While creatives are nostalgic at Cannes, media looks forward
A view from Katherine Levy

While creatives are nostalgic at Cannes, media looks forward

For those who missed Cannes, and for those at Cannes who missed the seminar in which Sir John Hegarty and Dan Wieden discussed "30 years of creative chaos" at Bartle Bogle Hegarty and Wieden & Kennedy, you missed a piece of ad history.

As Hegarty opined and reminisced (sat, as he does, with his legs crossed and his stripy socks on display) and the audience was shown the TV spots the pair were most proud of having made happen, it became crystal clear that, in 2012, brilliant creativity strikes you in the same way as brilliant creative would have three decades ago. Because while great campaigns cannot always be defined as being as relevant now as they were half-a-lifetime ago, the ingredients that go into great creative work remain the same. Storytelling is about people, and each generation remains essentially identical: we like to be captivated, amused, moved.

It is why the seminar worked so well. Far from being a showcase for two grandaddies of creativity recounting memories that no-one wants to listen to, young creatives from around the world were desperate to get a seat in that auditorium. Because when Hegarty talks about how BBH made "launderette" for Levi's with no verbal script because it needed an ad that was translatable across the globe, it still chimes as a genius solution to a problem (and a brilliant creative challenge) that would apply as much today as it did then.

If Hegarty and Wieden had been media chiefs discussing their histories, it would have been a different story. It would have gone a bit like this: they wouldn't have been invited. Despite media owners and media agencies increasingly rocking up at Cannes, we will never see the day when two media chiefs sit in reclining chairs on the stage at the Palais reminiscing about media in the 80s. Because, quite frankly, no-one would care. It wouldn't be because the individuals themselves weren't interesting. It would be because what they knew then has become largely irrelevant to how media agencies operate today.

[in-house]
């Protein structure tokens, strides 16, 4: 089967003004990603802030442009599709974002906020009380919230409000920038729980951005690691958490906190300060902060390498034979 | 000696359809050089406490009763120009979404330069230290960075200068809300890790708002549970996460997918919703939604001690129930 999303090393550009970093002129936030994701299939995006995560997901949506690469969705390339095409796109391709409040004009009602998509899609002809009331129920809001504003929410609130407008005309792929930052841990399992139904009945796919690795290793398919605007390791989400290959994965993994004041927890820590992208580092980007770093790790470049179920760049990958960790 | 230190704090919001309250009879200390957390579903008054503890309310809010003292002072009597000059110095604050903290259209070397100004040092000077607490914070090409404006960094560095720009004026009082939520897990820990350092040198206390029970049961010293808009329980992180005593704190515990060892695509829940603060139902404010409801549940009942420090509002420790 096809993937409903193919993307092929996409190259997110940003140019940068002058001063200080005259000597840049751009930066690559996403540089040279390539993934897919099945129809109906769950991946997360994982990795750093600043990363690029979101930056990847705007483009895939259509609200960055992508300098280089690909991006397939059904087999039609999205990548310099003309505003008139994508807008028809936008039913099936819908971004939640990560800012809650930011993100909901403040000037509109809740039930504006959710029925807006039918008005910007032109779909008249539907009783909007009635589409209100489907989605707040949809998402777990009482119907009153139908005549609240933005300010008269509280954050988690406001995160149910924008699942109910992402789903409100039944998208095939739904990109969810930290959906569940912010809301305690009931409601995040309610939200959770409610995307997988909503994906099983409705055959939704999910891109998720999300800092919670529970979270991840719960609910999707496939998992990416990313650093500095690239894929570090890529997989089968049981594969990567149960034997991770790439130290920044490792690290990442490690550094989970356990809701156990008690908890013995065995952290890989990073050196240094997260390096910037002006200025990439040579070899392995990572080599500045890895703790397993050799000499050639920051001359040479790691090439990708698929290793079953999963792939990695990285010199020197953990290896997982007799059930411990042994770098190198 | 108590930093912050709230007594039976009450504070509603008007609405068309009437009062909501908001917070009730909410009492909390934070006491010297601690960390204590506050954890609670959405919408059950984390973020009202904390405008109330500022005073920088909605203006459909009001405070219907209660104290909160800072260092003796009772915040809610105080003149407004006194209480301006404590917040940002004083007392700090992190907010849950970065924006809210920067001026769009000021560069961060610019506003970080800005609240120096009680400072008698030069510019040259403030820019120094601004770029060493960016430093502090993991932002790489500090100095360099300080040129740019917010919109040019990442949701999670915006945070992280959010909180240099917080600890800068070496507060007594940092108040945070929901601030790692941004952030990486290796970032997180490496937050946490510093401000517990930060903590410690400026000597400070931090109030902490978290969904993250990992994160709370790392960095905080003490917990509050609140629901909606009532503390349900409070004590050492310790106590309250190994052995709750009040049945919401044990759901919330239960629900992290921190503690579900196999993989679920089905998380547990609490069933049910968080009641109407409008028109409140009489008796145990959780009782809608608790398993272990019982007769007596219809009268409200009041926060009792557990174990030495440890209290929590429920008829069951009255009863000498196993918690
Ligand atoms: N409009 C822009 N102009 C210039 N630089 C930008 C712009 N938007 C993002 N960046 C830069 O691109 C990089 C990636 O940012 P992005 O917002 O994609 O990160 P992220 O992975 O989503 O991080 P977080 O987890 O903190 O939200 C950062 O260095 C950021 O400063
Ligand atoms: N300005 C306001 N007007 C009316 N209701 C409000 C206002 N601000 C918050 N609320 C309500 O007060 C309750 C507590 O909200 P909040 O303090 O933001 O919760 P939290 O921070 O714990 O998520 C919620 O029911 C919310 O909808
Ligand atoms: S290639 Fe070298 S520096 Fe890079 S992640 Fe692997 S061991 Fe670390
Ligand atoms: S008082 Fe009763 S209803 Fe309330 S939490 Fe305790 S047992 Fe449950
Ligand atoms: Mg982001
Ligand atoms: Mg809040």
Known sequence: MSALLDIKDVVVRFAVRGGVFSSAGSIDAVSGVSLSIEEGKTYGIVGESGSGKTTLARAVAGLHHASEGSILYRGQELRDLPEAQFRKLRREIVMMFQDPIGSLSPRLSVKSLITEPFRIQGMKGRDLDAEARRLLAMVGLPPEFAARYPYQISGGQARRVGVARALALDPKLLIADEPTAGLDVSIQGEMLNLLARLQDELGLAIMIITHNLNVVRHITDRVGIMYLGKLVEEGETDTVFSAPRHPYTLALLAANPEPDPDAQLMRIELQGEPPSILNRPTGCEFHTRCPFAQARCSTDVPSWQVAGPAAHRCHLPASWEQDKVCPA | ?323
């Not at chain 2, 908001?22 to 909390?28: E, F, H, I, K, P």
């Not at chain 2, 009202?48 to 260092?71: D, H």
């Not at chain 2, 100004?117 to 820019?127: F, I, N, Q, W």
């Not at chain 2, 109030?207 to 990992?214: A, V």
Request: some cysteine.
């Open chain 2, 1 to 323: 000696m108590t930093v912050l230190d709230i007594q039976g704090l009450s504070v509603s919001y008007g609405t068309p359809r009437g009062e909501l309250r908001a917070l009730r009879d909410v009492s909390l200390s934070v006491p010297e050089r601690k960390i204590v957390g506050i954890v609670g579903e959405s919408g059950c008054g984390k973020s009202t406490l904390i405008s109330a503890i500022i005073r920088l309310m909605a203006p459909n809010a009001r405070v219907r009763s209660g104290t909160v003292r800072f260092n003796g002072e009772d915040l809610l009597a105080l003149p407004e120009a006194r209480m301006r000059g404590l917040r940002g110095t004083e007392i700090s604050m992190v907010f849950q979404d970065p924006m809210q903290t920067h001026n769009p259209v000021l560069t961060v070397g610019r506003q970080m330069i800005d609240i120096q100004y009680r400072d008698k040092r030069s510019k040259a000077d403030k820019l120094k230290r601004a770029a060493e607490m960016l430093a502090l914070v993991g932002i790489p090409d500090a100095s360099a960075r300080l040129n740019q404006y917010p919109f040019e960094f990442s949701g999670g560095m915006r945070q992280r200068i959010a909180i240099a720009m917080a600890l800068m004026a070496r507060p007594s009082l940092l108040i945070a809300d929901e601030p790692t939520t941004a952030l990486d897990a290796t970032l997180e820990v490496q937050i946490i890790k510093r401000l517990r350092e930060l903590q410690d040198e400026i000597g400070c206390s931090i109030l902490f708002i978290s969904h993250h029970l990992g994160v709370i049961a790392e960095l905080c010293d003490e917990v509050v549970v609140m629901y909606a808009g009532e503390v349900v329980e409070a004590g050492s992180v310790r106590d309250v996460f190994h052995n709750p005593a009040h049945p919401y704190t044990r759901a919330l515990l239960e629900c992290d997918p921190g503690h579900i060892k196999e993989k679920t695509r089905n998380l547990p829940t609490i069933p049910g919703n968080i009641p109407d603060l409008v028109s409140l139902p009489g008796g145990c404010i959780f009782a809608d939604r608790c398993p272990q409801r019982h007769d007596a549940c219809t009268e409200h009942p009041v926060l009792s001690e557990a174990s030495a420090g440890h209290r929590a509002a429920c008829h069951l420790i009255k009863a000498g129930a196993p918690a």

You see, media has been inherently bound to technology ever since mass publishing was founded by Johannes Gutenberg in 1439. Walking up the steps at the Twitter-branded Palais entrance this year and into the gut of the festival, you would have passed a stand for the crowdsourcing photo network Pixxers, you may have stopped to download extra content on to your smartphone using the Cannes Lions Goodybag app and you probably updated your Facebook status.

It is clear that while creativity will always benefit from looking back at the good old days, media will - and should - always stubbornly look forward. Of course, Hegarty, or Mr Vorsprung durch Technik, knows this all too well.